Kill Bill and Kung Fu star David Carradine, a seemingly tireless actor who moved easily between somber martial arts, action thrillers, and serious dramatic roles, was found dead in a hotel room in Bangkok, his manager's office said Thursday. Carradine was 73.
The cause of death was under investigation, according to the office of his manager, Chuck Binder. A Thai newspaper said police believed he committed suicide.
Carradine, who was reportedly working on a film in Bangkok, was the product of an acting family that included father John Carradine, brother Bruce Carradine, and half brothers Keith and Robert Carradine. He was the uncle of actresses Ever Carradine and Martha Plimpton.
Though he became best known for martial arts roles, Carradine rose to fame in Westerns. He was featured in the 1964 film Taggart, and then in the 1966 series Shane.
Kung Fu, which ran from 1972 to 1975, combined both genres. Carradine's character, Kwai Chang Caine, was the son of an American man and Chinese woman who roamed the Old West in search of his brother. Carradine shared the role with his own younger brother, Keith Carradine, who played Caine in his younger years. David Carradine was nominated for an Emmy and Golden Globe for the role, to which he returned in two TV movies and a mid '90s series, Kung Fu: The Legend Continues.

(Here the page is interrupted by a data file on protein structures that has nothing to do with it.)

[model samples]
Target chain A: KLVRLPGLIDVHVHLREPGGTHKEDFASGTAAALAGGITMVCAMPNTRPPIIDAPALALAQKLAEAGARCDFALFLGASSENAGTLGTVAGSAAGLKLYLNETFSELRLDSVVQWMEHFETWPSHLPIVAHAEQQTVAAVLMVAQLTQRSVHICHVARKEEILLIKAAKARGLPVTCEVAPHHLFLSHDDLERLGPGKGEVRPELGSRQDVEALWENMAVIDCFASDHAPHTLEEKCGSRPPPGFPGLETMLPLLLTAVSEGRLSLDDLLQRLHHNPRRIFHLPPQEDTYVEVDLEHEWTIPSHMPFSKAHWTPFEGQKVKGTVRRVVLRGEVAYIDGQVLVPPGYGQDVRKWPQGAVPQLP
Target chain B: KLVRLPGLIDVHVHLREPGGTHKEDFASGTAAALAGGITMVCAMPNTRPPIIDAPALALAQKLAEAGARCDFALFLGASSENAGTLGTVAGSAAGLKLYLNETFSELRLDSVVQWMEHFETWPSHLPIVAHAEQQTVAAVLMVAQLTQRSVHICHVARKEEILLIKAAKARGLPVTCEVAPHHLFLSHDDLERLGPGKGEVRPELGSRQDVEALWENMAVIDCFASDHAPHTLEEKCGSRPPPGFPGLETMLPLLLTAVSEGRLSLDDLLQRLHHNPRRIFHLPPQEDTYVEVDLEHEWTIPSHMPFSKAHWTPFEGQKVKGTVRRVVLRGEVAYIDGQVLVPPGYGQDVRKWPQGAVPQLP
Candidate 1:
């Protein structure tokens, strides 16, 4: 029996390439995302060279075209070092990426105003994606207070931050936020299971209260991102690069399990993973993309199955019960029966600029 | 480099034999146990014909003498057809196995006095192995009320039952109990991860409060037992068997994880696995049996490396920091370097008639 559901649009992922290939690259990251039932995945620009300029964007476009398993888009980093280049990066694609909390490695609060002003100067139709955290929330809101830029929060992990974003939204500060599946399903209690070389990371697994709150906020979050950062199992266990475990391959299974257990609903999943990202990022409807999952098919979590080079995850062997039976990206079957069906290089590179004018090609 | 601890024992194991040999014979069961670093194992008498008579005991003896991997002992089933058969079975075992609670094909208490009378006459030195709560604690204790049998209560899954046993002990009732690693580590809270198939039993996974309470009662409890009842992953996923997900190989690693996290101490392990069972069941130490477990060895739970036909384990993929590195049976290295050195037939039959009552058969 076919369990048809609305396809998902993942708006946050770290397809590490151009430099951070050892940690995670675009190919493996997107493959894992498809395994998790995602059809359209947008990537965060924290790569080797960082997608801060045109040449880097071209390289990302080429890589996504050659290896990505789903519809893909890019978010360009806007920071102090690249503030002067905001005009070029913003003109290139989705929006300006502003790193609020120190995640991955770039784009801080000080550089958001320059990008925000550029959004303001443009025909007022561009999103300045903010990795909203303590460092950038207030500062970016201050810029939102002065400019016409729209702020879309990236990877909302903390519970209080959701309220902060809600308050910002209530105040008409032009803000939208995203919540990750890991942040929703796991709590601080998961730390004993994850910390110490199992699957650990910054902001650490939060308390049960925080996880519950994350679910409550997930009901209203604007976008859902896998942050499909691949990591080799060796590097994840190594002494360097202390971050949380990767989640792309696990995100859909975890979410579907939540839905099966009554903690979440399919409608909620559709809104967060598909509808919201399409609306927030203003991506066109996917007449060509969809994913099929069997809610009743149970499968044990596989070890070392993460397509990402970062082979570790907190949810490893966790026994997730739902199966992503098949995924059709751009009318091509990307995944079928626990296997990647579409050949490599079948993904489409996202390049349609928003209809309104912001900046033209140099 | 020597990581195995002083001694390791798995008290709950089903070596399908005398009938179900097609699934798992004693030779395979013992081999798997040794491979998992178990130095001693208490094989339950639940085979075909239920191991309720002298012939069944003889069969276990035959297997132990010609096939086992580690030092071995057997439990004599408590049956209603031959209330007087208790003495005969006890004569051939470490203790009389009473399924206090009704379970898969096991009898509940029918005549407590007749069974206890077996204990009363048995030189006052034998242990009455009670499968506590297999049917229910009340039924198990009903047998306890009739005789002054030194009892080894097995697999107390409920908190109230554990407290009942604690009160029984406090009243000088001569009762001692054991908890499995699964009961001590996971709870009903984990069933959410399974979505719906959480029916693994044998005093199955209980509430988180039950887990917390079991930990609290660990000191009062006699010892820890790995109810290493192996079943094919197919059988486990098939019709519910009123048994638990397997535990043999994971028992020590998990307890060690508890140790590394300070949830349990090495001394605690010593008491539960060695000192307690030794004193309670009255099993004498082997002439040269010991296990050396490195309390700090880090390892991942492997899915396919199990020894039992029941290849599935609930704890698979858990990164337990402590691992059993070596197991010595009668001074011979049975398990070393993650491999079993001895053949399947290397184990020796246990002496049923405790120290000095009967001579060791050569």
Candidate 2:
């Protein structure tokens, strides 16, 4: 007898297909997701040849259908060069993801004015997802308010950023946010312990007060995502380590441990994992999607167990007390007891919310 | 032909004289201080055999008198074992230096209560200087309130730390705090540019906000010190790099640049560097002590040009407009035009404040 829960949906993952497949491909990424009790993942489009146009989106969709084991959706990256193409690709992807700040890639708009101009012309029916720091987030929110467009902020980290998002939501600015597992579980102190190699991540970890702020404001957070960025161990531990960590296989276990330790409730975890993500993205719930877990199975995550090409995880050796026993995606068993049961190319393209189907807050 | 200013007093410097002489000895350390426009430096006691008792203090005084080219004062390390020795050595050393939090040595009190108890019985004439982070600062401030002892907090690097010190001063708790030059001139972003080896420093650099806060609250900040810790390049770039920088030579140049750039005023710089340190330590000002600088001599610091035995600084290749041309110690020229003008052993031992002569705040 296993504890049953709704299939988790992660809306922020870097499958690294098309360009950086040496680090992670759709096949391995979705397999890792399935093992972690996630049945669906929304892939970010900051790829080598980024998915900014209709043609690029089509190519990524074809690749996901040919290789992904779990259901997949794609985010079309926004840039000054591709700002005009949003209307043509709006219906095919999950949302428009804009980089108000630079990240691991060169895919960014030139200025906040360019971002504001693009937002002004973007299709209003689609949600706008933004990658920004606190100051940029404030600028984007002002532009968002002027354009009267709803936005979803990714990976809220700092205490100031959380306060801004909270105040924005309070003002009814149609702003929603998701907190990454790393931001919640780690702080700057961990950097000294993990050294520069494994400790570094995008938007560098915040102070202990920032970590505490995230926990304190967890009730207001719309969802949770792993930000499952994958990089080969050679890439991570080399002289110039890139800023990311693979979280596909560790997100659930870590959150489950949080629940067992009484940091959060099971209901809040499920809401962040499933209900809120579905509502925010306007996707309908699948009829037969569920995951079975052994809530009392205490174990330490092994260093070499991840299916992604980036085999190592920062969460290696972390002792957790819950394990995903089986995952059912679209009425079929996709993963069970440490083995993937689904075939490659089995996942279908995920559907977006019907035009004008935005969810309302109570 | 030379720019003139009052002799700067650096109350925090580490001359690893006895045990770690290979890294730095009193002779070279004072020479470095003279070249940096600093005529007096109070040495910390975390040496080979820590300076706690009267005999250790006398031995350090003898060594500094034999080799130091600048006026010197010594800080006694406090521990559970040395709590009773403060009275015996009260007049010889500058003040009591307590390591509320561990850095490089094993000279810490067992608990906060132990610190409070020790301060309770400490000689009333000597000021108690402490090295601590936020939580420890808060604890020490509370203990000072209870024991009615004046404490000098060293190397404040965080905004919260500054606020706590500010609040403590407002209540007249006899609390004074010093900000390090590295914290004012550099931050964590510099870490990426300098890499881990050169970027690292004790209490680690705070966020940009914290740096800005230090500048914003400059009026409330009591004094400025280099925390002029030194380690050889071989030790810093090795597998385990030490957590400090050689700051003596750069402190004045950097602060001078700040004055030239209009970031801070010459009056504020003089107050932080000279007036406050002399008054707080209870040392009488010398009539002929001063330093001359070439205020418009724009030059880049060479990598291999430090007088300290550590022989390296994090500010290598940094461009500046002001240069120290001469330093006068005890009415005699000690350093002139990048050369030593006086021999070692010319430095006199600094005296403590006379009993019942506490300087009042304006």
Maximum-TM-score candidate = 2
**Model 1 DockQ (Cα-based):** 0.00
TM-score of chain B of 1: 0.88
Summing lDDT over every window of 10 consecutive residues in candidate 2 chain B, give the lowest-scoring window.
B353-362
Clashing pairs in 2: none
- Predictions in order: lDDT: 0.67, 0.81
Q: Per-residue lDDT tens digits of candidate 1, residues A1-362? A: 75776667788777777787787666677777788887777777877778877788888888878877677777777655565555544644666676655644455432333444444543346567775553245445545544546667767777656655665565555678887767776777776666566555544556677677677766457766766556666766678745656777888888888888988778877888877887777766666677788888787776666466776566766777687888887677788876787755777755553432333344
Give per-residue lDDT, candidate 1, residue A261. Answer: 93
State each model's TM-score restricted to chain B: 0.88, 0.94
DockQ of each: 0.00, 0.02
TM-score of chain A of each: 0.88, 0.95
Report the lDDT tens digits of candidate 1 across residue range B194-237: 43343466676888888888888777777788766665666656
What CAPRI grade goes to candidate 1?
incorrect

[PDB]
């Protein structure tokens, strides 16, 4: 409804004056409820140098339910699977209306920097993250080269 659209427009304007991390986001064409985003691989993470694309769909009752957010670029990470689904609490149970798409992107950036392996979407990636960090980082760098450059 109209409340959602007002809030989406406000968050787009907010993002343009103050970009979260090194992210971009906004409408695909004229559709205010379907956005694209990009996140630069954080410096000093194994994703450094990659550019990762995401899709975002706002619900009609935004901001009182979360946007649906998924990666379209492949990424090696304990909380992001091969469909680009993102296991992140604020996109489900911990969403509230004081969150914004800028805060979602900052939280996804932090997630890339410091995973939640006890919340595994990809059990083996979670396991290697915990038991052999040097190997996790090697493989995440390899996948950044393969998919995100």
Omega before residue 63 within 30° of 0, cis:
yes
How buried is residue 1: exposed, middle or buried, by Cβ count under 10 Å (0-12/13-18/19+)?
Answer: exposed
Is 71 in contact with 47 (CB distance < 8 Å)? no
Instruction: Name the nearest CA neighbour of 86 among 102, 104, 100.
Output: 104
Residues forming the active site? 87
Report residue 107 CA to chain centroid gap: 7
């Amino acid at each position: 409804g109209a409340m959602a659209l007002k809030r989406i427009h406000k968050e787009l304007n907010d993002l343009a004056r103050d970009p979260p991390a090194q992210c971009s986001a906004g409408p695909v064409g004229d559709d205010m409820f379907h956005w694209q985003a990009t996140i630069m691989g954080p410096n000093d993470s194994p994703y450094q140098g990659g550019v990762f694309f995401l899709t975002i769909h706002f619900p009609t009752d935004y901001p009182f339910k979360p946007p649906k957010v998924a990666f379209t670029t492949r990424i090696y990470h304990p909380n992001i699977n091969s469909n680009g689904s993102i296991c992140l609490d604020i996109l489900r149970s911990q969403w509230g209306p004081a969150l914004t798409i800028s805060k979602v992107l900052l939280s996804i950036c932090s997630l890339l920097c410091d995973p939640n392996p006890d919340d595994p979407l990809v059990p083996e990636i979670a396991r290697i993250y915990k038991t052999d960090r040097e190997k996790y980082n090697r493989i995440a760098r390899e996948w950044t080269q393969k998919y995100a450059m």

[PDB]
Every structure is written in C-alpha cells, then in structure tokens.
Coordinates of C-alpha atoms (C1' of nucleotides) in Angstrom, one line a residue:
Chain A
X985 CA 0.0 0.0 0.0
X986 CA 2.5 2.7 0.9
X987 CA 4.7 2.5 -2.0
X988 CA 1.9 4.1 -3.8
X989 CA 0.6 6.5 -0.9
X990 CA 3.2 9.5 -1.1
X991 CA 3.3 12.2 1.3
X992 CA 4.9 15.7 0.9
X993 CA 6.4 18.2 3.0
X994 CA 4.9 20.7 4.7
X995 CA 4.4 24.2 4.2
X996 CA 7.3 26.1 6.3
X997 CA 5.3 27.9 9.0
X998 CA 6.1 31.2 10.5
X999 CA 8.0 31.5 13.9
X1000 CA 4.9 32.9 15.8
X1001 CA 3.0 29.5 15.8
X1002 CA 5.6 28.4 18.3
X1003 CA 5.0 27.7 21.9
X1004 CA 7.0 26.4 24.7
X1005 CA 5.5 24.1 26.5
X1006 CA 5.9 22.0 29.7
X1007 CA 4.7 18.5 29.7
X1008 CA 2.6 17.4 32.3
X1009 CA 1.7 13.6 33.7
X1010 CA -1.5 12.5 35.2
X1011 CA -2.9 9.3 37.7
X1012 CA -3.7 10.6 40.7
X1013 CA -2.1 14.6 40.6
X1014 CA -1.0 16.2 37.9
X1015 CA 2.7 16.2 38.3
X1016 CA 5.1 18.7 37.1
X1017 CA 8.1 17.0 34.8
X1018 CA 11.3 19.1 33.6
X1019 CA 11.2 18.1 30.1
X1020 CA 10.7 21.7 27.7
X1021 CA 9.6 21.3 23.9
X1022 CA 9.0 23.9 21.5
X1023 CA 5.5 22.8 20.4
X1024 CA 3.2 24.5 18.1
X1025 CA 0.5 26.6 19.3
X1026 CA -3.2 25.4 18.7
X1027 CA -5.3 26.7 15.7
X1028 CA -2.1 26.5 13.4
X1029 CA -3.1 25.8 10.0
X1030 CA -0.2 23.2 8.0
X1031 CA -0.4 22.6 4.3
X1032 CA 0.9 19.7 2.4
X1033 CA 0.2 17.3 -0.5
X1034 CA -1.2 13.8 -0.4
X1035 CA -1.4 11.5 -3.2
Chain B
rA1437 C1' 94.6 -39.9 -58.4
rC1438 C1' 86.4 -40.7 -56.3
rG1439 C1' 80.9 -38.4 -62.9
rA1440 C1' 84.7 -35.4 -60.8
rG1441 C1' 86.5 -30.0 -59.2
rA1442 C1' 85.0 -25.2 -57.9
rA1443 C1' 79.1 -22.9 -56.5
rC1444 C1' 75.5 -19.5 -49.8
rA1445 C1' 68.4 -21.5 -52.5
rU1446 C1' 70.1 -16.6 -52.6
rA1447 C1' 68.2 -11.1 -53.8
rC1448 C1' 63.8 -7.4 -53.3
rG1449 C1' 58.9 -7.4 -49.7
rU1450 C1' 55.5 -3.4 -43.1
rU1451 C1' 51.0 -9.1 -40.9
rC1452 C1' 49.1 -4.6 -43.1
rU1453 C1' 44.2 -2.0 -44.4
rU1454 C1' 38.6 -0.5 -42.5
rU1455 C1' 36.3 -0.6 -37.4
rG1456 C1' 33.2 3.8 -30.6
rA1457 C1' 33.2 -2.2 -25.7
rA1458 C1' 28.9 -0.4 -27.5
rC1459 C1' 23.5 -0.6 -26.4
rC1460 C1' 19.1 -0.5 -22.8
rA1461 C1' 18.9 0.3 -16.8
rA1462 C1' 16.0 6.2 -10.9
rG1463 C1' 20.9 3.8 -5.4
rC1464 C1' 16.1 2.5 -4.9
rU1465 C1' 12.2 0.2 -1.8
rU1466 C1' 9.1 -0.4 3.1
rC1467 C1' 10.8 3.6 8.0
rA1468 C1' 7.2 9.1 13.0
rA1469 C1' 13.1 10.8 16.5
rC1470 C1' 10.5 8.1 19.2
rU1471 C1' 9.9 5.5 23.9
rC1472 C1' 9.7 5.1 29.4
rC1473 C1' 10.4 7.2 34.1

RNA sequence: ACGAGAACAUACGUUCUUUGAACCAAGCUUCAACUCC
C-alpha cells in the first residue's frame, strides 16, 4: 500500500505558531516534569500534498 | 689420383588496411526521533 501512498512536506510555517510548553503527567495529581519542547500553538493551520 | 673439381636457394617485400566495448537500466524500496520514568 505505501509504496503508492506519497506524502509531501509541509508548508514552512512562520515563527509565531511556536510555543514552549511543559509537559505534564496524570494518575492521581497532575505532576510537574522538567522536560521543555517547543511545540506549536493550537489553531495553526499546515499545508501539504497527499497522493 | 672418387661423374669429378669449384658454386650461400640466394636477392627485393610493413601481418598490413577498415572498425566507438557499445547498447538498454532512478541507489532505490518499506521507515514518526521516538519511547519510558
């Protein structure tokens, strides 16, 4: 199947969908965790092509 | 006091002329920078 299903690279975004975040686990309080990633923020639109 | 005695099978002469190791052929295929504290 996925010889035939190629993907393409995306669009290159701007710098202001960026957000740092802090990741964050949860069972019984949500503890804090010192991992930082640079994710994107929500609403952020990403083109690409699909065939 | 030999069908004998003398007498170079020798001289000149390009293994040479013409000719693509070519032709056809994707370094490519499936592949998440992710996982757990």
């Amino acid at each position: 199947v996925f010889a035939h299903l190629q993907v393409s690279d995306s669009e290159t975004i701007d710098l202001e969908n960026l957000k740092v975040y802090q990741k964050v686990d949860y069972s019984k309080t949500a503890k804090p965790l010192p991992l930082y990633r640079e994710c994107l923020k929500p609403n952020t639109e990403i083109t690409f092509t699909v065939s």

Although he appeared in more than his share of pulpy action thrillers, from 1975's Death Race 2000 to this year's Crank 2: High Voltage, he also appeared in the 1970s in several critically lauded films: Martin Scorsese's Box Car Bertha, Ingmar Bergman's The Serpent's Egg, and Bound for Glory, in which he was nominated for a Golden Globe for his portrayal of folk icon Woody Guthrie.
The role that best unified the threads of his career was the one in Quentin Tarantino's Kill Bill: Vol. 1 and 2, in which Carradine played the titular character, the brilliant and introspective leader of a team of assassins. The wide-ranging films detail the long quest by The Bride (Uma Thurman) to kill her one-time mentor.